IN MY LIFETIME I have met very few people who are so welcoming, so gracious, and so selfless in the way they treat me, that they feel like family to me.
I’d like you to meet one such family.
They are German.
I just got back from vacationing with them.
Here’s the backstory. About 10 years ago their son, Hannes, came to our town as an exchange student. He went to school with my son, Brad.
Hannes’ original host family had some difficulties that required him to switch to another family.
The sponsoring agency told Hannes they would have to put him into a different school because they had no more sponsors on this school district. Hannes loved our school; and it is an excellent school system – it’s the reason we moved to this city.
The agency told Hannes that if he wanted to stay in the same school it would be a good idea for him to talk with some of his classmates and see if any of their families would be able to host him for the year.
My son came home from school and started his pitch this way:
“Before you say no, I want you to know that I’ll give up my bedroom and move into the basement.”
Which is exactly what happened.
The basement became his bedroom while Hannes lived with us, staying in Brad’s bedroom.
Hannes seemed a bit shy at first. Until we got to know each other. Then he became my other son.
I cried at the airport when he left, fearing I would never see him again.
Since then, he has been back to visit us once. And we’ve been over to Germany to visit him twice.
His mom and dad are both Lutheran ministers: Günter and Cornelia.
Our trip to Germany in mid-May was my son’s idea. We didn’t know if we would get to spend any time with Hannes and his family. But we told them when we were coming, that we would be in Germany for about a week, and that we hoped we could get together.
Hannes’ parents live in Reutlingen, in southern Germany. Hannes works as an accountant for a huge firm in Zürich, Switzerland, about a two-hour drive south.
Let me give you a lesson in hospitality, made in Germany.
Hannes, his parents, and Hannes’ lady love, Annette Boos, all took the week off work.
Cornelia prepared a possible itinerary for our time in Germany – the entire time. She assured us that this was just a rough draft and we could make any changes we wanted.
The itinerary included time in their hometown area, a visit to Hannes’ home in Zürich, and a visit to a small village in the Swiss Alps. My son suggested minor adjustments, which Cornelia made.
When we asked about hotels nearby, Cornelia arranged everything for us. We would stay in their apartment while in town.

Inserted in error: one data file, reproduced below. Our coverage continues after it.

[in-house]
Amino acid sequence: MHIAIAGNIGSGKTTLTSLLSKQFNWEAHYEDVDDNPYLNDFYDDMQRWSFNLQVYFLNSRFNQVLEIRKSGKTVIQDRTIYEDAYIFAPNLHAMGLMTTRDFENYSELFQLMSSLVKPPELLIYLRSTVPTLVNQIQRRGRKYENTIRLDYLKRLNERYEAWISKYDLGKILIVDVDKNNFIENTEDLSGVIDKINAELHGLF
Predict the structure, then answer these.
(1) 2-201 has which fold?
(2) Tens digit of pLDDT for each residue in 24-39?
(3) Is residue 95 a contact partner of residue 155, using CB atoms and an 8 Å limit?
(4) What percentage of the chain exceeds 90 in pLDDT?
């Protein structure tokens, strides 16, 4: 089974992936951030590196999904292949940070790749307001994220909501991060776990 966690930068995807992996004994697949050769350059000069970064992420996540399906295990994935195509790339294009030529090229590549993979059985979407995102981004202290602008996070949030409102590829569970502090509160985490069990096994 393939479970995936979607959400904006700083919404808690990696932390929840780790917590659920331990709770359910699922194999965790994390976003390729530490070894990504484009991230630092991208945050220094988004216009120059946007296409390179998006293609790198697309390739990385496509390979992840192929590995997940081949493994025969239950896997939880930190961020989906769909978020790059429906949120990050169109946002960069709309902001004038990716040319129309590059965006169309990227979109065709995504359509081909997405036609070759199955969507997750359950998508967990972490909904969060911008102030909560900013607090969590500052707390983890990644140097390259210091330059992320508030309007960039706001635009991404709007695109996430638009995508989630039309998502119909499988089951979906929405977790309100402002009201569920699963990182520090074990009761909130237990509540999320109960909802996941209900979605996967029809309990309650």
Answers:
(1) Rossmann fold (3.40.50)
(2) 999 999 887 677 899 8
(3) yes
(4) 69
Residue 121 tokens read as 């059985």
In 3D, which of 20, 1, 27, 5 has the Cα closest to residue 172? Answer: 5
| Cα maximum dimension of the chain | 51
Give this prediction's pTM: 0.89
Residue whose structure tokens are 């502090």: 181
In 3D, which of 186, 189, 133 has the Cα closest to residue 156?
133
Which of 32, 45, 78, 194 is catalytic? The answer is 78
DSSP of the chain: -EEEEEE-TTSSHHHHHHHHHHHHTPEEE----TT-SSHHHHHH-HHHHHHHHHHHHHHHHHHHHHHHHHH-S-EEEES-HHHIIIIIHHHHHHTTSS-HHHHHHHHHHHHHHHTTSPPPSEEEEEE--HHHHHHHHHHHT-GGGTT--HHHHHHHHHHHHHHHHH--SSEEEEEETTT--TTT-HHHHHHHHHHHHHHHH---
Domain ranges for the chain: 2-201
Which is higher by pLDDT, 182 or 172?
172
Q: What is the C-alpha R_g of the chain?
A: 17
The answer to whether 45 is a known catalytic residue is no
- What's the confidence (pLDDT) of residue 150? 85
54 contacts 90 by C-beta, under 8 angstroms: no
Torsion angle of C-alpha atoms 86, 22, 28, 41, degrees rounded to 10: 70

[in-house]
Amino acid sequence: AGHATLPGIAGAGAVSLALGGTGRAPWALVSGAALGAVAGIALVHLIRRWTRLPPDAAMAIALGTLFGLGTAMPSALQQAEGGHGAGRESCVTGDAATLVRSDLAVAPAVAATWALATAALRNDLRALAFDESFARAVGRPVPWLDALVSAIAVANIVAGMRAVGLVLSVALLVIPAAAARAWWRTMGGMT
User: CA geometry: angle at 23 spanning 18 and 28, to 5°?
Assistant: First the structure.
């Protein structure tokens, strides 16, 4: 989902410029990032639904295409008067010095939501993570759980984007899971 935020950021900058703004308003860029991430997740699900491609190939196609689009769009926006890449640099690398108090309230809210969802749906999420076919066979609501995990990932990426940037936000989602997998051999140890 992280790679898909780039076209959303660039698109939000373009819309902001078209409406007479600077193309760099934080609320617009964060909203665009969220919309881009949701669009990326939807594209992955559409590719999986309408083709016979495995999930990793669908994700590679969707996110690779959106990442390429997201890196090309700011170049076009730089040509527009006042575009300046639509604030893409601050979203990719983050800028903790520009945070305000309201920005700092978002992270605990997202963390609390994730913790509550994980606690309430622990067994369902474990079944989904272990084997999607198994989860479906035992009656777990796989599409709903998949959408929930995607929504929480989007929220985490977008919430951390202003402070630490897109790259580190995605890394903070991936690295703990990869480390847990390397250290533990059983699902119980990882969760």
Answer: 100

Hannes picked us up at the Stuttgart airport.
While we were in their hometown, Hannes’ parents moved out of their two-bedroom apartment and stayed in the apartment of a friend who was on a cruise. They gave my wife and me their bedroom. They gave my son and his wife the guest bedroom.
When we visited Zürich, my son and his wife stayed with Hannes. The two sets of parents stayed in a nearby hotel, which Cornelia arranged.
When we were in the homes of our German hosts, they prepared breakfast for us each morning, and any other meals when we were not on the road. They even cleaned up the dishes afterward, diverting us to the couch to relax when we tried to help.
When we were traveling, they refused to let us pay for food or even for entry fees and admission tickets, such as our train ride to the top of a Swiss mountain near the village of Grindelwald.
I tried to pay. Many times. But Günter insisted that they take care of the food and transportation. And they considered excursions as transportation.
All they let us pay for were the few hotel bills.
At least they couldn’t stop me from leaving all my leftover Euros on a shelf, wrapped up in a scribbled note of thanks.
Remember the story of Peter resisting the effort of Jesus to wash his feet?
I felt like Peter.
Undeserving of what was going on.
Yet deeply loved.
And absolutely welcomed.
Hannes and his clan treated us better than royalty. They treated us like family.
It was quite the lesson in hospitality. Timely for me because in a few months, when my daughter gets married, we will be hosting a full house.
“Here’s the lesson: Use your worldly resources to benefit others and make friends. Then, when your earthly possessions are gone, they will welcome you to an eternal home.”
—Jesus (Luke 16:9 NLT)
If you’re anything like me, you missed this while reading the Bible.
I tripped over it only recently.
The fact that the Bible says we should use our resources to benefit others comes as no surprise to me. But I didn’t realize Jesus said it, too.
For many of us, spending money might be the hardest part of showing hospitality.
But if we say we’re Christians trying to follow the teachings of Jesus, sometimes we have to put our money where our mouth is.
Note: I’ve omitted the last names at the family’s request.
[…] We met Hannes’ parents and brother several years ago when we spent three weeks with them in Germany. If you missed yesterday’s blog about them, here’s the link: Hospitality – Made in Germany. […]